"Along the coast, the black sand beaches and tidal ponds are noted features of natural beauty. Inland, major areas of natural beauty are the 1960 Kapoho and the Pu’u O’o volcanic regions, which represent a force of nature responsible in altering the landscape. A portion of Hawaii Volcanoes National Park is located within the Puna district."

"Many of the ancient trails connect areas whose natural beauty has cultural significance. Many of which are still protected as public land or with traditional access rights. The presence of unspoiled vistas and traditional sites of natural beauty accessible by trail is an important asset for eco-tourism."

"Course of Action:
In overall land use planning, insure the integrity of continuous corridors compatible with eco-tourism, such as the combination of trail corridors within open space reserves, naturalized drainways, and connection with services and accommodations in town centers and more remote areas, as well as the National Park."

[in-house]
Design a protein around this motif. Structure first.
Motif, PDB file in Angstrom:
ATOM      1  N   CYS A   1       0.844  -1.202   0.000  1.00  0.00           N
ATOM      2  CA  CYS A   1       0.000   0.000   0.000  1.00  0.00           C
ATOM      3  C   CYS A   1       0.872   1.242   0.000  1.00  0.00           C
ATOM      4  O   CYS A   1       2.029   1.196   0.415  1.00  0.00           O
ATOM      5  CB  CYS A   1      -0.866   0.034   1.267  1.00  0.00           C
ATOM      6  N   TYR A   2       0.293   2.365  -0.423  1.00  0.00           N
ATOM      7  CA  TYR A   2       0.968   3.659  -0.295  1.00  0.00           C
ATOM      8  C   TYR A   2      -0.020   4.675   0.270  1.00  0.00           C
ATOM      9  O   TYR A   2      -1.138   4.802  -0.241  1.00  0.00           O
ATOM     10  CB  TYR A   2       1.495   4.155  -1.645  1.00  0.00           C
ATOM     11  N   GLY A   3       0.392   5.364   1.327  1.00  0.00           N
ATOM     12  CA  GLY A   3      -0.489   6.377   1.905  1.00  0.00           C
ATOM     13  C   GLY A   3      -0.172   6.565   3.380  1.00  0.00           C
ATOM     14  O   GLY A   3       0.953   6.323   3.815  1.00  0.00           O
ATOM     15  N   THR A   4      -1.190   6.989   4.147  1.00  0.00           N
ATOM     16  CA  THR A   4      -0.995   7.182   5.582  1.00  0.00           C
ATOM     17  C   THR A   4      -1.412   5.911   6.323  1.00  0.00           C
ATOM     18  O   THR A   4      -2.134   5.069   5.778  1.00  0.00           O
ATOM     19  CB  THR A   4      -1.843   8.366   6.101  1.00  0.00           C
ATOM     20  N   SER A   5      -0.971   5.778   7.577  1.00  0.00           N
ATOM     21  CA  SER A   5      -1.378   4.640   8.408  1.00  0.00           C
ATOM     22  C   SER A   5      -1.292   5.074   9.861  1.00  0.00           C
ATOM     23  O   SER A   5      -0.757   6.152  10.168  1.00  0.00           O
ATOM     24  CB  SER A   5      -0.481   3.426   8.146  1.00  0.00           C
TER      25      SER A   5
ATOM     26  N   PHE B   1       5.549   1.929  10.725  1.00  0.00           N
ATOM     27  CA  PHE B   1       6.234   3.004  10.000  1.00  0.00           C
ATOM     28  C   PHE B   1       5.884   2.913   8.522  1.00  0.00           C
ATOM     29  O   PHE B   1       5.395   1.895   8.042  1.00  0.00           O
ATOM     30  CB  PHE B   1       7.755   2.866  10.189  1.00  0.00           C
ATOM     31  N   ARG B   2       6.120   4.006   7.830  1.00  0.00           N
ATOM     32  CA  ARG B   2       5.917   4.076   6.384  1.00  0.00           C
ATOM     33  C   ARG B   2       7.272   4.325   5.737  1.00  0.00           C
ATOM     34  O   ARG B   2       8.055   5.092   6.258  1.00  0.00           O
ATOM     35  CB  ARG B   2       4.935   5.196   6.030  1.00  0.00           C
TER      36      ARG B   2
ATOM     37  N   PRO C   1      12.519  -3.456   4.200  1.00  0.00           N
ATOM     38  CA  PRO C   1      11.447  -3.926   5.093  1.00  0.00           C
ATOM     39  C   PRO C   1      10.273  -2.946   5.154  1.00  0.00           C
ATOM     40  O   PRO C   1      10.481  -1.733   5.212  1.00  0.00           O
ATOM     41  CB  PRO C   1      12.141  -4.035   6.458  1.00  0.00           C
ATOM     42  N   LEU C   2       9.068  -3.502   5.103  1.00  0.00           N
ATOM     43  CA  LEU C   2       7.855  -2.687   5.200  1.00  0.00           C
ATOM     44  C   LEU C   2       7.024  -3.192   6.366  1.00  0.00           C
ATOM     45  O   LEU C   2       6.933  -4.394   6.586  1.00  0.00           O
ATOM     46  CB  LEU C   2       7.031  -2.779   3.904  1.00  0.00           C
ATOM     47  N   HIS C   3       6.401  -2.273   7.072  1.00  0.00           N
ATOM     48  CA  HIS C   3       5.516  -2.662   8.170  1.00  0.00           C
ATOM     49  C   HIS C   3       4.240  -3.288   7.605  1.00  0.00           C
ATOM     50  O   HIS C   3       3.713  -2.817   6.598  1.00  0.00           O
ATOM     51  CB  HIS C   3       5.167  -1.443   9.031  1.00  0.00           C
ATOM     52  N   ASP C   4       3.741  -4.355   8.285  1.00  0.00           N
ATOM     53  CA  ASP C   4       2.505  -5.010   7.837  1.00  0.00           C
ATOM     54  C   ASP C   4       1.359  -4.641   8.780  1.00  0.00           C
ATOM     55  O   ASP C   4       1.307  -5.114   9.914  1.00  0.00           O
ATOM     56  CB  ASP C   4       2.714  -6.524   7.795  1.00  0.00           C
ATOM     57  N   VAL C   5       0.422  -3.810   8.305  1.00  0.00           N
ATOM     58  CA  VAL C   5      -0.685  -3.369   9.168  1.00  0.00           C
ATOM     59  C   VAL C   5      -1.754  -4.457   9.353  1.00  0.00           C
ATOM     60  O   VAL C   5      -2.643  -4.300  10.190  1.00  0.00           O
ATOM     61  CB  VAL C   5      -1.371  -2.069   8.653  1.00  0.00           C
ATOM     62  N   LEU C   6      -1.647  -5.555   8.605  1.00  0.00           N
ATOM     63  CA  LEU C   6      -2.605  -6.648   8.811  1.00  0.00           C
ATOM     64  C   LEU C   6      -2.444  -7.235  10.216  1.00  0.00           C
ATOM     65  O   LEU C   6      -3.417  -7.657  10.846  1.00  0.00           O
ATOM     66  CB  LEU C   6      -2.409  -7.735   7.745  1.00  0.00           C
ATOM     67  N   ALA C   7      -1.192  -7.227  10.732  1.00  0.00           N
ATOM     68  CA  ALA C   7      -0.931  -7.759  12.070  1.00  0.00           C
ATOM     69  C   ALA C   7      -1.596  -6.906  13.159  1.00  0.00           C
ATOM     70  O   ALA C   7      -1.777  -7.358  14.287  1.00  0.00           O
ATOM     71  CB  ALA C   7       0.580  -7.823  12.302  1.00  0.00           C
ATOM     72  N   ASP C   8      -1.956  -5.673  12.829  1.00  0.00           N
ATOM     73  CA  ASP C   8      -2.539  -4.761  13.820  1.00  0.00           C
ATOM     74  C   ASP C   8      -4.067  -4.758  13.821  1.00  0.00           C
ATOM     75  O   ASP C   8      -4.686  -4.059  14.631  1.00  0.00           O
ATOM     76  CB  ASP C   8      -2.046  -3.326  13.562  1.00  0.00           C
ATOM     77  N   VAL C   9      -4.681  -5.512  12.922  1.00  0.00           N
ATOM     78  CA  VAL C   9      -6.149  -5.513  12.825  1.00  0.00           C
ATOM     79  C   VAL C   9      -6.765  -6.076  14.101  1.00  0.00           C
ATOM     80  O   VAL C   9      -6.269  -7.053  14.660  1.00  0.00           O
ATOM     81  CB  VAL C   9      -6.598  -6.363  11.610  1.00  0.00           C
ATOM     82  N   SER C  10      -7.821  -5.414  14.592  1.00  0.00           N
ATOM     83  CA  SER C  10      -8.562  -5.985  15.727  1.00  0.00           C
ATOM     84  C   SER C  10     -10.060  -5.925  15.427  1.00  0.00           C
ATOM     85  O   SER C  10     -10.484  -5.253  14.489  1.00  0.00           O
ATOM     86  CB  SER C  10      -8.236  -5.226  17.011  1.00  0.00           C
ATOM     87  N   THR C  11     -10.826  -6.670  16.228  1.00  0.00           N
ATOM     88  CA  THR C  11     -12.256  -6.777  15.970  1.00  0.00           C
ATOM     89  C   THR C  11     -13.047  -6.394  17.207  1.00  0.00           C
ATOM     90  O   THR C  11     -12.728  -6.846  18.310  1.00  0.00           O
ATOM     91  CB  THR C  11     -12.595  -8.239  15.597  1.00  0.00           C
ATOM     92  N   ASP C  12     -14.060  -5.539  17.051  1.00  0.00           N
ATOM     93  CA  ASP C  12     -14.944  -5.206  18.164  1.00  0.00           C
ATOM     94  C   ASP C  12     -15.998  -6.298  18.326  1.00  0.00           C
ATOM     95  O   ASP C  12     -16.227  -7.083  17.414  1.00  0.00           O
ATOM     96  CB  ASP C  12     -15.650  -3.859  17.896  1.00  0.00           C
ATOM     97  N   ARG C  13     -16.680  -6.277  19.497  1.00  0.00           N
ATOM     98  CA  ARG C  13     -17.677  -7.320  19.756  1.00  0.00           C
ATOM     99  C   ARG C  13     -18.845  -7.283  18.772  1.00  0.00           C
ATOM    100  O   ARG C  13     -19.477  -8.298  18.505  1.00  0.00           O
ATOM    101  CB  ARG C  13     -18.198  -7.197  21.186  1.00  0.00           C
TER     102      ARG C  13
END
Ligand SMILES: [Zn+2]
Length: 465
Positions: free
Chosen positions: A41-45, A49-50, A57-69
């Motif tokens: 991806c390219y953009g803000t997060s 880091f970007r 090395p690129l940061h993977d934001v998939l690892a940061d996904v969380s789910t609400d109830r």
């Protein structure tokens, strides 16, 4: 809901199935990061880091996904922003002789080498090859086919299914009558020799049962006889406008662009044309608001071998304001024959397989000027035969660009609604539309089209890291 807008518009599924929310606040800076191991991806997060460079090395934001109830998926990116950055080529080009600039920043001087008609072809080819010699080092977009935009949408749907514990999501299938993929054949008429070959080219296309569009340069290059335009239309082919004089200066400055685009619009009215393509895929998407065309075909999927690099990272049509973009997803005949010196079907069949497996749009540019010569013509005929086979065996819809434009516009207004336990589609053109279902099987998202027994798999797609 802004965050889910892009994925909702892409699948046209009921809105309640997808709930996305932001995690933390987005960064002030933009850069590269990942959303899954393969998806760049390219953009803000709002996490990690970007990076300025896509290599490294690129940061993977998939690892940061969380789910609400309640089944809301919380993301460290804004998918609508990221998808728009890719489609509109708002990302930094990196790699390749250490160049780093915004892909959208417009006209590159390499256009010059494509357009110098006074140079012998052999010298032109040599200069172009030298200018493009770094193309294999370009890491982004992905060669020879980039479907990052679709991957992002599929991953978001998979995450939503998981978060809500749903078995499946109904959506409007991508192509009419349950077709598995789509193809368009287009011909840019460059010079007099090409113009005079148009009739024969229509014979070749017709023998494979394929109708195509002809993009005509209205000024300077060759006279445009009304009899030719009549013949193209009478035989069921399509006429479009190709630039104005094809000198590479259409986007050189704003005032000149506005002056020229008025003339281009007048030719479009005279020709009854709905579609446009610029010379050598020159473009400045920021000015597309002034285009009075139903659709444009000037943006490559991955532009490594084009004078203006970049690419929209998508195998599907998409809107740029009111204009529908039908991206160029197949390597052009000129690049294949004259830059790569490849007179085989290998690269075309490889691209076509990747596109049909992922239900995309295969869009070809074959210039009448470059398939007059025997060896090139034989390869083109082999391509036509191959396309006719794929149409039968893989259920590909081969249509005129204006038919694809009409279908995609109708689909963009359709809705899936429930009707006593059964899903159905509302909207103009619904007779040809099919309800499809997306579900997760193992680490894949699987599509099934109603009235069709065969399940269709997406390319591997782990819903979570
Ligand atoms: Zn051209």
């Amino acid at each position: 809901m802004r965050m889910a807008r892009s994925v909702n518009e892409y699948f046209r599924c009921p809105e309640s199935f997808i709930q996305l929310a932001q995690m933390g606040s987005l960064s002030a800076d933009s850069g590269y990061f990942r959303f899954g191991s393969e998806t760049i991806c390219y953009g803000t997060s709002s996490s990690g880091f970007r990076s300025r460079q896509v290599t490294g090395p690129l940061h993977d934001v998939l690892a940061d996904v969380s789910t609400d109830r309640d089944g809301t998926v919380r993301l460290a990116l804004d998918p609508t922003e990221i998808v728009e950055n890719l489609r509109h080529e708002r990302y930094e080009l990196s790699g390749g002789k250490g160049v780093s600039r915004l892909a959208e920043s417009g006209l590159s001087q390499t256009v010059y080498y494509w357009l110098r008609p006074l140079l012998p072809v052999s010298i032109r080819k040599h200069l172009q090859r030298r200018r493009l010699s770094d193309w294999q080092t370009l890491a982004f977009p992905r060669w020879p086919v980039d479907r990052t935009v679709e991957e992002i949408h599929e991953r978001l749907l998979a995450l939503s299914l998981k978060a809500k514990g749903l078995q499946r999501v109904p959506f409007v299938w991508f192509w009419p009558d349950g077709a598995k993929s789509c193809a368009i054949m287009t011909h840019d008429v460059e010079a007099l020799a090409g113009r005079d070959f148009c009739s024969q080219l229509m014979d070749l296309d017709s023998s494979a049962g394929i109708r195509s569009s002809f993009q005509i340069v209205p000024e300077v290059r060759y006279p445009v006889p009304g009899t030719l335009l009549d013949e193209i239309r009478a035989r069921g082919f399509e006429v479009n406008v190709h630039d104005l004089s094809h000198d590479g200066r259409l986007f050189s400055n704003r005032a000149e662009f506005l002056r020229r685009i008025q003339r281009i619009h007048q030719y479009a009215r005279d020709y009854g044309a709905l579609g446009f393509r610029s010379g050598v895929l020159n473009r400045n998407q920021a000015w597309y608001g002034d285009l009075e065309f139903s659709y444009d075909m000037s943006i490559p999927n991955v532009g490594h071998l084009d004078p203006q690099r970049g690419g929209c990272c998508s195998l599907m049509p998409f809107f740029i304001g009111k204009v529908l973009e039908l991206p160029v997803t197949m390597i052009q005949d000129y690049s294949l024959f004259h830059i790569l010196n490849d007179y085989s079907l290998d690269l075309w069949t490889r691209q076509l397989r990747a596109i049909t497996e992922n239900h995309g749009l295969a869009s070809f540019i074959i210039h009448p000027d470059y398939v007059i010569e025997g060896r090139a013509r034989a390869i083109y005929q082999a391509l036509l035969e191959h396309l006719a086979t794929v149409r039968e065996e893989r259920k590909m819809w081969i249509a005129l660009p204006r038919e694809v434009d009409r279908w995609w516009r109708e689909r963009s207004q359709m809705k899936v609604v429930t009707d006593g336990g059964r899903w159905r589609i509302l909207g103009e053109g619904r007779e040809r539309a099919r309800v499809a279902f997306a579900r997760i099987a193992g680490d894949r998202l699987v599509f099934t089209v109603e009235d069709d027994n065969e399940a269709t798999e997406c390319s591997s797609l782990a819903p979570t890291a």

In 1995, the County of Hawai'i secured services of a consultant to complete the Puna Community Development Plan. While it was not adopted, this document sets forth some specific recommendations for natural resource protection:
  • Collaborate with the National Park Service and the State private landowners to develop a master plan for preservation and restoration of the forest which integrates the land use patterns and economy of the settled areas with the health of the forests.